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**Subject**:**Re: Financial Analysis****From**:**"Burton Hamner" <bhamner@hotmail.com>**- Date: Wed, 24 Feb 1999 17:55:45 -0500 (EST)
- List-Name: P2Tech
- Reply-To: "Burton Hamner" <bhamner@hotmail.com>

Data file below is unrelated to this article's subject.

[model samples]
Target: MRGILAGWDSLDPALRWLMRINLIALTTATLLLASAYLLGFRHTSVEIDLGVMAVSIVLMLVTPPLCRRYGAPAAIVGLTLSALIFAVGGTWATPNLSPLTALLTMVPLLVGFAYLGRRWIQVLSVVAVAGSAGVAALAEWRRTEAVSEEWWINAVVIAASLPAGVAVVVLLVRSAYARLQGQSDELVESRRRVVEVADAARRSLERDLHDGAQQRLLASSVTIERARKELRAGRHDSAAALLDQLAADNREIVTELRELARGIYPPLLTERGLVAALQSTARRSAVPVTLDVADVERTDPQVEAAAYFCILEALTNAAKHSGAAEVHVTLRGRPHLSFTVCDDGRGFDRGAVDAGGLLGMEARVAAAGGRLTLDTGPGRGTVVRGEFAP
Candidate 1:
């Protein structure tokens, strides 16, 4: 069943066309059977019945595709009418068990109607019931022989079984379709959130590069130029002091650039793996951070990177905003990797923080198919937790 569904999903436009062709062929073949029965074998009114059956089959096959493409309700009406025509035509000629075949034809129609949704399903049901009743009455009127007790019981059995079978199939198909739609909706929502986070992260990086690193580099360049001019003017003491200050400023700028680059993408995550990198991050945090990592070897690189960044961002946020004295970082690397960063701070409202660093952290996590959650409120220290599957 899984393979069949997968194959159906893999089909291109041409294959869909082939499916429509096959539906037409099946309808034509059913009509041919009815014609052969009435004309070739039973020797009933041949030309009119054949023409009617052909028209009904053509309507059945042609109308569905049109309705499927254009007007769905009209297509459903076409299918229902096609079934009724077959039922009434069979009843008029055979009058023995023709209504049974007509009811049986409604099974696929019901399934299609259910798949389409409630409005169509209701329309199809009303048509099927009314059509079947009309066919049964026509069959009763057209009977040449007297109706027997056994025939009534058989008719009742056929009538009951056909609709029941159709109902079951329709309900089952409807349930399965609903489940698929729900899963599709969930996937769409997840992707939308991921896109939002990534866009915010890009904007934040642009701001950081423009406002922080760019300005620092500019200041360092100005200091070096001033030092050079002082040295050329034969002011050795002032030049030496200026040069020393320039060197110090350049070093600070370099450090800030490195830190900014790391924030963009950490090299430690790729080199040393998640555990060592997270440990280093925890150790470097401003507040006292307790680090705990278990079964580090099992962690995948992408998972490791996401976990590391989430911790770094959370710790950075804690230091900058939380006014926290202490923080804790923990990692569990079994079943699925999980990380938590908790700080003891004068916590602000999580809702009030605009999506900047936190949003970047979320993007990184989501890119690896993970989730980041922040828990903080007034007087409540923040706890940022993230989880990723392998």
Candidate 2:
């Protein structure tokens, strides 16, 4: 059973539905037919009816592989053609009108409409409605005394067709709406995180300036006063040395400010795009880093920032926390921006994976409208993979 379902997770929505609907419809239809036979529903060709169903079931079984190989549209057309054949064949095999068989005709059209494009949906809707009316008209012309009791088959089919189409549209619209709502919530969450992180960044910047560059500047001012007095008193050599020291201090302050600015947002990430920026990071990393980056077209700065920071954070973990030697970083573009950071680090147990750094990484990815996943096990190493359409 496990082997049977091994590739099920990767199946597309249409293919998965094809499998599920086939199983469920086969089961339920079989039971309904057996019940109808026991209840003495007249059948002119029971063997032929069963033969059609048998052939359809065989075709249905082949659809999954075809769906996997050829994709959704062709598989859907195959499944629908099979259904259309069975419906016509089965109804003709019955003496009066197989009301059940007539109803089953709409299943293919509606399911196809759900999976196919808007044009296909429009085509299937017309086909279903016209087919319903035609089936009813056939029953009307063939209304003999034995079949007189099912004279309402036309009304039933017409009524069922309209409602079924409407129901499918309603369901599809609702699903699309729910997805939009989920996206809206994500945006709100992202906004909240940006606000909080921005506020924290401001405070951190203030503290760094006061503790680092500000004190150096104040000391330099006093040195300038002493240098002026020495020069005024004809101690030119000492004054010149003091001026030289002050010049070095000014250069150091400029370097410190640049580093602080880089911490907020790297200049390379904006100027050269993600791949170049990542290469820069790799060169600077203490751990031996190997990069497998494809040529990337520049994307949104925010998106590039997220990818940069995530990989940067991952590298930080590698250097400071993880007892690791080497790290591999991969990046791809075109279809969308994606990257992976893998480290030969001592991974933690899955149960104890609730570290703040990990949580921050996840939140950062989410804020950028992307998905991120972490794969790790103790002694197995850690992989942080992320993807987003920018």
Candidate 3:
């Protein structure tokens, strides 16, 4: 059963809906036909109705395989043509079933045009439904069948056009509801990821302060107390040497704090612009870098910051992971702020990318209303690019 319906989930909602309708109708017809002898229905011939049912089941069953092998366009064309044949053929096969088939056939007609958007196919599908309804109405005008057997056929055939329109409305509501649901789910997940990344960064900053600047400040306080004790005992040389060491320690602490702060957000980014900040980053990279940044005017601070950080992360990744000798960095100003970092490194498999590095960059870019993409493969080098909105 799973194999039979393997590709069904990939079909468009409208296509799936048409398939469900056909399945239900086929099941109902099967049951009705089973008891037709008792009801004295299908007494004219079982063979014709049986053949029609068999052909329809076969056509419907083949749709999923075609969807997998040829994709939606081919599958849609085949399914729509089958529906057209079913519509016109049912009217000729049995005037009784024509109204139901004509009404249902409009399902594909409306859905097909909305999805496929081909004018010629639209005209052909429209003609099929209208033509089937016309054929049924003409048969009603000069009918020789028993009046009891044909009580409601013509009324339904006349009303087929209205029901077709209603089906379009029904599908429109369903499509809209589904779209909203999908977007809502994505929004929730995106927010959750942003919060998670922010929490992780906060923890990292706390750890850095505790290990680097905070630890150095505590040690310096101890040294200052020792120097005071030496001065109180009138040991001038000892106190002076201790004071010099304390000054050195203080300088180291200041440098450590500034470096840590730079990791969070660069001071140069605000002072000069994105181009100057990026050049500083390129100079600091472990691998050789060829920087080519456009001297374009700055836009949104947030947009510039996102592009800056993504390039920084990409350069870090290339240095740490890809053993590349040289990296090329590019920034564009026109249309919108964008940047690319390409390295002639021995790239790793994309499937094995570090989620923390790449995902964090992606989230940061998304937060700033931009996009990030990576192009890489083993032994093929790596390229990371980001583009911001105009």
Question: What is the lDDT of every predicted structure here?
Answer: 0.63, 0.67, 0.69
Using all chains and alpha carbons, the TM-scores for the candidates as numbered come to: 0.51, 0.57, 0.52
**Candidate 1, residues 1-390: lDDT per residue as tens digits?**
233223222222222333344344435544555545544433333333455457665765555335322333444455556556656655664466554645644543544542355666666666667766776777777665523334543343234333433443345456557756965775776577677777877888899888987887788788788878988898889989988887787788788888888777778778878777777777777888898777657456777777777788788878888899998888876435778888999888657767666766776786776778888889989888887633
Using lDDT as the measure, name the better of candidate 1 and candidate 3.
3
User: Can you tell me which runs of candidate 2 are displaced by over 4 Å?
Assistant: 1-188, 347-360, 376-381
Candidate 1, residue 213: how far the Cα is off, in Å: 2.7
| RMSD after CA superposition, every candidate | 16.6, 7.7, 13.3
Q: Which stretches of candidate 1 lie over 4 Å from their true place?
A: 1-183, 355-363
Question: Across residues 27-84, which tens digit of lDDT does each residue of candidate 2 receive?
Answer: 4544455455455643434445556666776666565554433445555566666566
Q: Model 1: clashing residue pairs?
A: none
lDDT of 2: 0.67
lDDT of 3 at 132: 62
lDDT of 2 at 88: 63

I'll expand a little on Tim's comments: P2 financial analysis is essentially the same as any other financial analysis of a capital investment. Most finance textbooks can show you how to set up an analysis in the first chapter. P2 does offer some twists: The cost inventory being considered is a lot larger than the typical analysis, since good P2 drags all the hidden costs out of overhead and includes them in the analysis. In many cases pending or exsiting legislation makes it clear that an existing process will have to be changed several years from now to comply with the new rules. Thus a P2 capital investment analysis needs to have a longer time horizon than most others, like 5 to 10 years, in order to capture the future costs that can be predicted with some reliability (at least you may know WHEN the big hit will come and can factor it in). Most importantly, P2 usually REDUCES RISK. Now in determining discount rates for a net present value analysis, higher risk projects have higher discount rates. If P2 reduces risk compared to a current process, then there are two ways to incorporate this: 1) apply a different, LOWER discount rate to the P2 process alternative's cash flows compared to the current, more risky process. 2) Include in the p2 savings some estimate of the equivalent costs of insurance premiums saved. The idea is that you can set up an analysis where risks are equal for all alternatives, to do so you need to buy insurance to reduce the financial risks of some of the alternatives, so the risks are equal. For example, if I am now using solvents for cleaning, I can insure myself against future risks and liabilities from this process, so I have no or reasonable risk. But if I switch to solvent-free process (assuming all else is equal which it never really is of course), then I don't have to buy insurance to have no or reasonable risk. So the avoided premiums should count as savings from a P2 investment, which makes it look more attractive. Or, just reduce the discount rate being used to evalauate the p2 process, which makes its future savings larger in the net present value summation. Every finance type I have discussed this with agrees with the logic, then they say "But I am not allowed to use anything but the approved corprate rate, and we are not going to buy insurance for our existing process anyway." Once again sound P2 theory founders on the rocks of corporate bureaucracy! There are some case studies out there where companies did get lower insurance premiums from switching to P2, so don't forget to look for such savings. Anyway, start with a primer on NPV and discounted cash flow analysis. NEWMOA has a primer, AIPP has a primer, ECAM has a primer, P2 Finance has a primer. Don't you hate it when people tell you to read the manual? Sorry. Burt Hamner

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